As far as California state government is concerned, think of the next couple of the weeks in the Sacramento as the quiet before the storm—that disturbance coming when Governor Gavin Newsom announces the “May revise” to his January budget proposal, based on April’s revenue flow.
While we’re waiting for those numbers to materialize, let’s give a shout-out to the actor Dwayne “the Rock” Johnson, who turned 46 today.
“The Rock” is not only California-born (in the Bay Area city of Hayward, to a family of professional wrestlers), but there’s a familiar ring to his story.
- He first found fame in a pseudo-sport before transitioning to action and comedy films.
- He’ll likely never win an Academy Award, but as a global icon he’s laughing all the way to the bank.
- And one day he may try to convert his physical brawn to political muscle—not in 2020, but somewhere down the line.
If you don’t see where I’m going with this . . . hasta la vista, baby.
If there’s such a creature as a quintessential “Rock” film, my choice would be San Andreas. Released four years ago this month, it’s a 1 hour, 54-minute tale of a search-and-rescue helicopter pilot who, in the aftermath of a magnitude 9.6 California earthquake, makes his way from Los Angeles to San Francisco to find his missing daughter.
The film is a monument to CGI-rendered destruction and suspension of disbelief (Rolling Stone called it “a monument to stupidity”). It’s also an affront to science—unless you happen to buy into a tsunami generating a 250-foot wave that takes out the Golden Gate Bridge.
Speaking of truth vs. fiction, here are a few California-related matters worth nothing, now that the calendar has flipped to May.
The May Revise May Be Mild. One adjective to describe Jerry Brown’s fourth and final term as California’s governor: lucky. He escaped a recession; throughout his second term, the state’s economy beat expectations.
We’ll soon see if Newsom is as lucky—for this year, at least.
As April gave way to May, the signs were promising for the new governor, with the state running about $10 billion ahead of the comparable period a year ago in revenue.
Why is that important? Because, in his budget outline, Newsom actually predicted slower economic growth and suggested a more cautionary course of adding to the budget reserve and paying down debt. The more revenue flowing into Sacramento, the easier it will be for Newsom to gas and brake, if you will—adding to the reserve but at the same time placating his fellow Democrats with their myriad of new spending ideas.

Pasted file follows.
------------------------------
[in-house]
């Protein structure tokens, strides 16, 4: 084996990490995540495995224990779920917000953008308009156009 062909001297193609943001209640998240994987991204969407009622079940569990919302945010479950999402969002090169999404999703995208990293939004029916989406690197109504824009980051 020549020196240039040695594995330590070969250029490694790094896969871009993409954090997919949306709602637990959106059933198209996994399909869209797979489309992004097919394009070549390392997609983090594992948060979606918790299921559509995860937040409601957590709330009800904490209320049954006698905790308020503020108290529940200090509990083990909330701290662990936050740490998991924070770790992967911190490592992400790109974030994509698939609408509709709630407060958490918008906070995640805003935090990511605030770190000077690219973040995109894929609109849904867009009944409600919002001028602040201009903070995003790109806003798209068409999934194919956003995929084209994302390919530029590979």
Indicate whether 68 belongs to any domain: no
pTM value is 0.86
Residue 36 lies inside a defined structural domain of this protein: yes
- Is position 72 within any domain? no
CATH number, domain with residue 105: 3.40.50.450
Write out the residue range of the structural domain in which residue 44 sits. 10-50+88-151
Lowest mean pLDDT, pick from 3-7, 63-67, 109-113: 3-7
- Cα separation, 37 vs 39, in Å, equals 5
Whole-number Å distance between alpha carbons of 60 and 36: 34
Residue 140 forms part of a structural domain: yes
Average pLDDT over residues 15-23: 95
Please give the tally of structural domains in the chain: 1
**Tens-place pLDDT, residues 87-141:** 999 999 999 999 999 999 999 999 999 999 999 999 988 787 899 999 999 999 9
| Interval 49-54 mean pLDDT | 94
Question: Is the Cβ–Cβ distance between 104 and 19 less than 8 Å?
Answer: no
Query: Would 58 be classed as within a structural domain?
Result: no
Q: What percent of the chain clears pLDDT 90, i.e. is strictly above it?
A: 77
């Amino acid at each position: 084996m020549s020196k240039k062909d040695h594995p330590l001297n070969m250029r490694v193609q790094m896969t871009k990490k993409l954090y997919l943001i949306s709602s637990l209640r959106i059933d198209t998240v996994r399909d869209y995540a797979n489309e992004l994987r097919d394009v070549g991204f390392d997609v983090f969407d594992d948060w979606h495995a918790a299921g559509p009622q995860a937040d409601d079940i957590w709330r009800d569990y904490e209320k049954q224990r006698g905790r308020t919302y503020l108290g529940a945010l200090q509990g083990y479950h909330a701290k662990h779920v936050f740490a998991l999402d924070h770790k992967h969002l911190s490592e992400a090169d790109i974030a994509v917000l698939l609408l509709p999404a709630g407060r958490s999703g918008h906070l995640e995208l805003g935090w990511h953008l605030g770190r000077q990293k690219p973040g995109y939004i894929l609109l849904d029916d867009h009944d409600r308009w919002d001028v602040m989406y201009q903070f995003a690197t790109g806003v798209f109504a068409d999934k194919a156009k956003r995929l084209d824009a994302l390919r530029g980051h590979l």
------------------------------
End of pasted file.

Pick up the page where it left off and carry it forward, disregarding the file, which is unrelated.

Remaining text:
The Legislature May Never Tire of Small Gestures. To the adage “little things amuse little minds,” we have California lawmakers once again playing “small ball”—pushing bills that are short on significant impact but long on symbolism (not to mention that garner national attention as examples of the eye-rolling California existence).
One such example: Assembly Bill 1162, which aims to ban hotels, resorts, and vacation rentals from providing travel-sized shampoos and other bath amenities. (The ban would go into effect at the beginning of 2023, at which time all dispensers and bottles would need to be no smaller than 12 ounces).
The question: how long before the legislature goes after the much larger (and lucrative) culture of bottled water?
Five years ago, the city of San Francisco incorporated a plastic-water-bottle ban that prohibited sales at events on city-owned properties. Additionally, city government agencies were banned from purchasing bottled water.
You might notice a pattern. Three years ago, California became the first state in the nation to ban plastic bags (New York recently became the second). Beginning this year, California restaurants no longer automatically hand out plastic straws. Can bottles be far behind?
The 2026 Governor’s Race May Be Under Way. Good luck getting your head around this one, as two presidential elections and one California gubernatorial contest (in 2022) stand between now and 2026.
What do we already assume?
First, California governors are all but guaranteed eight years, if they so choose (yes, Gray Davis was recalled in October 2003—nearly a year after his re-election). The last first-term California governor to be rejected by voters: Culbert Olson, a rare Democrat in a long run of GOP governors (Republicans won all California gubernatorial elections but one, in 1938, from 1898 to 1958) and something of an odd duck. (Olson was an atheist who refused to swear “so help me God” and crossed his fingers when placing his hand on the Bible.)
What 2026 could resemble in California: a Democratic gender bender. Lieutenant Governor Eleni Kounalakis, State Treasurer Fiona Ma, and State Controller Betty Yee all have expressed an interest in the job.
It’s the Sacramento way of seeking higher office, staking out nearby turf years in advance.
Speaking of patterns: the Democratic climb to the top of California’s political pyramid.
Prior to being elected governor, Newsom and Davis were sitting lieutenant governors. Jerry Brown was California’s secretary of state at the time of his first gubernatorial win, in 1974; his father, the legendary Pat Brown, was a sitting state attorney general in 1958 (the first Democratic win since Olson’s departure in 1942).
Some patterns, it seems, never change.